The Percepta GSC assay was found to be robust to variation in amount of RNA used in the assay and the potentially interfering substances blood and genomic DNA, with no significant difference in Percepta GSC scores noted under the conditions tested. A small impact on test performance was detected only at the extremes of RNA input (5-fold lower than nominal) or blood contamination higher than identified thus far in any bronchial brush sample. Test performance was not impacted by genomic DNA contamination at a level 10-fold higher than has been observed in clinical bronchial brush samples. To assess the impact of technical variation due to processing runs within the same laboratory versus testing done in different laboratories, Percepta GSC scores from the research laboratory where the test was developed were compared to scores generated from RNA from the same patient samples in the CLIA-certified laboratory which will run patient samples. This was in turn compared to multiple runs of the same samples within the CLIA laboratory which varied by reagent lot, equipment, day, and operator. The inter-laboratory SD of Percepta GSC scores was estimated to be 3.7% of the Percepta GSC score range, a value on par with the total SD of Percepta GSC scores within and across multiple processing runs of 3.9% of the Percepta GSC score range.
Taken together, these studies demonstrate EGAPP level I internal validity criteria for reproducibility of test results under conditions of varying operator, equipment, and process runs . These results support that the Percepta GSC is a robust and stable classifier able to confidently return clinical results under routine operation in a clinical lab.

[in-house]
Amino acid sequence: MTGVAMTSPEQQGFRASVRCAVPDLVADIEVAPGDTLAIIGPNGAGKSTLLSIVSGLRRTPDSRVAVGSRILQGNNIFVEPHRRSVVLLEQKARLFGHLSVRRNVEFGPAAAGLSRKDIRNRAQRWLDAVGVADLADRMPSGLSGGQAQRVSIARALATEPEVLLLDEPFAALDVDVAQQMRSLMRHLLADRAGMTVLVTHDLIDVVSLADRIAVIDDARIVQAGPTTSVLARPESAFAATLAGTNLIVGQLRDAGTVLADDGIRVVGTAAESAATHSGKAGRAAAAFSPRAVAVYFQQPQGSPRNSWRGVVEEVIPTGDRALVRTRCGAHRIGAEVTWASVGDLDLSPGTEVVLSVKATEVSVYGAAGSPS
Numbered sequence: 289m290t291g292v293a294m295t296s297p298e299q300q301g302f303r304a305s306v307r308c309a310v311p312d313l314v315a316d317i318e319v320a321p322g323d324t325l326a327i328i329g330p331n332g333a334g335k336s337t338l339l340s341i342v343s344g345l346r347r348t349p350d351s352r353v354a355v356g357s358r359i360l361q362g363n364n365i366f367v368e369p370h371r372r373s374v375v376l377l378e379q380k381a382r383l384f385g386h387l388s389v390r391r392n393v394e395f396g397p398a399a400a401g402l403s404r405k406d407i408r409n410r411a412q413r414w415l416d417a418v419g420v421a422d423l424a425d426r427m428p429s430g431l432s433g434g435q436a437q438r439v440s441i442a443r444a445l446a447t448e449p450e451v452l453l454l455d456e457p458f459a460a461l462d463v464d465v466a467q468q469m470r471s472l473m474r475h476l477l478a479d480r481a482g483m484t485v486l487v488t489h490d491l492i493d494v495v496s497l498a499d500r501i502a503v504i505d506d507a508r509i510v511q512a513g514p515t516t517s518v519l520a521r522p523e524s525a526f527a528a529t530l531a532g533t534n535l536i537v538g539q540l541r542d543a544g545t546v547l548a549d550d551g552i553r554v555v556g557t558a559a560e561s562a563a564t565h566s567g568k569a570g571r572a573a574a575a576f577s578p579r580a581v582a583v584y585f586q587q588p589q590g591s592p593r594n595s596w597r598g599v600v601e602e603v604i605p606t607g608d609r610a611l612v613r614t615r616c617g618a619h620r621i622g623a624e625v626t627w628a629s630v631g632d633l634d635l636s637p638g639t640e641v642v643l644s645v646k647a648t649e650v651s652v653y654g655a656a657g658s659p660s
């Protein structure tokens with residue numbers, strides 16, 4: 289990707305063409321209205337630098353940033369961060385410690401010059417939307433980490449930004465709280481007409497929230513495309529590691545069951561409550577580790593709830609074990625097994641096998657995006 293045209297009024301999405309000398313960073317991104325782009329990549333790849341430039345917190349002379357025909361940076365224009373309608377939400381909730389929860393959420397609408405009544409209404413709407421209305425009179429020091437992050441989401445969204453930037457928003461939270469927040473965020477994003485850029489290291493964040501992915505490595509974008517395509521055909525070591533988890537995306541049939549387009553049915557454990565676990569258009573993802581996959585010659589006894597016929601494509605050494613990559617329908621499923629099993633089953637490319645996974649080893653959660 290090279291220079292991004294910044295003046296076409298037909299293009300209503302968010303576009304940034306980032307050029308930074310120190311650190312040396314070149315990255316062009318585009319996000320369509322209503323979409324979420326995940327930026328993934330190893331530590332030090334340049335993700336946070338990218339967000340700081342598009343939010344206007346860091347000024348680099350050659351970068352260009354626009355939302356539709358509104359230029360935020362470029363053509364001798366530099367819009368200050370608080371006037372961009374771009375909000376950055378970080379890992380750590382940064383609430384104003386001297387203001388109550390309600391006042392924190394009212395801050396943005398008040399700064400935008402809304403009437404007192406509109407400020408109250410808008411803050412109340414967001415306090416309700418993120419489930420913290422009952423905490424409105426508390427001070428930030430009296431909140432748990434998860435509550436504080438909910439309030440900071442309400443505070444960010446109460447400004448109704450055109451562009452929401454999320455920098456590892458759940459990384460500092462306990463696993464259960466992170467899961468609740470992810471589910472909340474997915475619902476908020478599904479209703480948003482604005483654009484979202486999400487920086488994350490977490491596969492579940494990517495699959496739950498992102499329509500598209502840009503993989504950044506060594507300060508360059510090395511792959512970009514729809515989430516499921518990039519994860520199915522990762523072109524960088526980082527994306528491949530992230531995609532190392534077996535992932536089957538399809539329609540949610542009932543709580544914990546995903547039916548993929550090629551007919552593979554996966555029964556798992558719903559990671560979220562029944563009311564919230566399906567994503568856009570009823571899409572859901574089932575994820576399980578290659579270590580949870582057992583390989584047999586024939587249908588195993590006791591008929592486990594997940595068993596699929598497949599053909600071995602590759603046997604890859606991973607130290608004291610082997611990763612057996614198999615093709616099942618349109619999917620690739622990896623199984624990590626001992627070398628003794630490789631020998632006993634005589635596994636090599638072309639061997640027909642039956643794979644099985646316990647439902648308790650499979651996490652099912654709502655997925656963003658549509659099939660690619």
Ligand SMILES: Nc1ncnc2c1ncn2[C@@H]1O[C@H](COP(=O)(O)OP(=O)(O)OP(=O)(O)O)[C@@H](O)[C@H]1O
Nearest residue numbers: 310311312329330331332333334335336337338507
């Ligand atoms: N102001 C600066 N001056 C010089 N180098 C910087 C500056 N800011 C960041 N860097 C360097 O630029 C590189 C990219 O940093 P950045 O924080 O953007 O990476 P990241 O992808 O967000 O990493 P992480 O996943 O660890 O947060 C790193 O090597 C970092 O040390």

Percepta GSC test results have demonstrated robustness across a variety of technical variables which may be potentially encountered as part of clinical sample testing. Use of Percepta GSC for risk stratification of suspicious lung nodules can be performed with high confidence in the clinical setting.
Availability of data and materials
The datasets generated during the current study are not publicly available due to concerns regarding patient confidentiality and proprietary information but are available upon reasonable request from the corresponding author.
Genomic sequencing classifier
Bronchial genomic classifier
Evaluation of genomic applications in practice and prevention
Analytic validity, clinical validity, clinical utility and associated ethical, legal and social implications
Positive predictive value
Negative predictive value
Coefficients of variation
Clinical laboratory improvement amendments
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We would like to thank Jianchang (Jeff) Ning and Xinwu Yang for database and sequencing pipeline development and support and Jonathan Wilde and Jennifer Tom for helpful discussions and suggestions.
Funding for this study and the publication of this article was provided by Veracyte Inc. Veracyte Inc. drafted the study design, oversaw the data analysis and manuscript preparation, and approved the decision to publish.
Ethics approval and consent to participate
The Percepta Registry and AEGIS cohorts were multi-center prospective studies that included patients with lung nodules who underwent clinically indicated diagnostic bronchoscopy at participating medical centers across the US, Canada and Europe. Ethics review and approval (IRB/REB/IEC) was obtained by each institution before enrollment and informed consent was obtained from all patients. A list of the committee names and approval numbers for each AEGIS-1, AEGIS-2, and Percepta BGC Registry site are included as Supplemental Table 3. All freshly collected blood samples were collected with IRB approval obtained from Liberty IRB (#10.12.0009) and written informed consent from all participants.
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Johnson, M.K., Wu, S., Pankratz, D.G. et al. Analytical validation of the Percepta genomic sequencing classifier; an RNA next generation sequencing assay for the assessment of Lung Cancer risk of suspicious pulmonary nodules. BMC Cancer 21, 400 (2021). https://doi.org/10.1186/s12885-021-08130-x